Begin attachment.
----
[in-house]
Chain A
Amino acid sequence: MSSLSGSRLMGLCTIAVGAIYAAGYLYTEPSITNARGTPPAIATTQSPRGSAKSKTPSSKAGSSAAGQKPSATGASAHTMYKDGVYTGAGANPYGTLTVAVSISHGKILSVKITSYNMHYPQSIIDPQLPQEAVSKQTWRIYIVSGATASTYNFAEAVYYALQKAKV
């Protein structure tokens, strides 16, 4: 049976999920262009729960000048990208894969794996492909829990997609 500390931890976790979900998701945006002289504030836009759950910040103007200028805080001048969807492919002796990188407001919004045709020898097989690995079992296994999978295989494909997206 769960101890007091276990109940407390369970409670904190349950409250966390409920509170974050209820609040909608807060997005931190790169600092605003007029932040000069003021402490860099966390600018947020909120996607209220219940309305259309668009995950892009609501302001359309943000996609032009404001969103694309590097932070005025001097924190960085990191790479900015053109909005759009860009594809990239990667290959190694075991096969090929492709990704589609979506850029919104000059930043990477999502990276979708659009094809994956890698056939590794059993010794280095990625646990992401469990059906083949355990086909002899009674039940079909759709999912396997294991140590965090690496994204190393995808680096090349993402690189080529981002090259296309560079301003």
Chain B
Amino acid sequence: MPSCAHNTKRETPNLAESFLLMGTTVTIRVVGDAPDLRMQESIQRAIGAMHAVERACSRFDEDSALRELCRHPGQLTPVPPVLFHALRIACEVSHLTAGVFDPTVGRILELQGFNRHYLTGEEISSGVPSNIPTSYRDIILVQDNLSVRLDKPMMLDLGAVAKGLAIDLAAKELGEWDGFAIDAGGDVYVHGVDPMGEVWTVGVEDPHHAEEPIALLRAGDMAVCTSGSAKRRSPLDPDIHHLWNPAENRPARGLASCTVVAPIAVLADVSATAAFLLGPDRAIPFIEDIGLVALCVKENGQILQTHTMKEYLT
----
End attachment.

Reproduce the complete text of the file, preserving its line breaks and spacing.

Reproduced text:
[in-house]
Chain A
Amino acid sequence: MSSLSGSRLMGLCTIAVGAIYAAGYLYTEPSITNARGTPPAIATTQSPRGSAKSKTPSSKAGSSAAGQKPSATGASAHTMYKDGVYTGAGANPYGTLTVAVSISHGKILSVKITSYNMHYPQSIIDPQLPQEAVSKQTWRIYIVSGATASTYNFAEAVYYALQKAKV
């Protein structure tokens, strides 16, 4: 049976999920262009729960000048990208894969794996492909829990997609 500390931890976790979900998701945006002289504030836009759950910040103007200028805080001048969807492919002796990188407001919004045709020898097989690995079992296994999978295989494909997206 769960101890007091276990109940407390369970409670904190349950409250966390409920509170974050209820609040909608807060997005931190790169600092605003007029932040000069003021402490860099966390600018947020909120996607209220219940309305259309668009995950892009609501302001359309943000996609032009404001969103694309590097932070005025001097924190960085990191790479900015053109909005759009860009594809990239990667290959190694075991096969090929492709990704589609979506850029919104000059930043990477999502990276979708659009094809994956890698056939590794059993010794280095990625646990992401469990059906083949355990086909002899009674039940079909759709999912396997294991140590965090690496994204190393995808680096090349993402690189080529981002090259296309560079301003």
Chain B
Amino acid sequence: MPSCAHNTKRETPNLAESFLLMGTTVTIRVVGDAPDLRMQESIQRAIGAMHAVERACSRFDEDSALRELCRHPGQLTPVPPVLFHALRIACEVSHLTAGVFDPTVGRILELQGFNRHYLTGEEISSGVPSNIPTSYRDIILVQDNLSVRLDKPMMLDLGAVAKGLAIDLAAKELGEWDGFAIDAGGDVYVHGVDPMGEVWTVGVEDPHHAEEPIALLRAGDMAVCTSGSAKRRSPLDPDIHHLWNPAENRPARGLASCTVVAPIAVLADVSATAAFLLGPDRAIPFIEDIGLVALCVKENGQILQTHTMKEYLT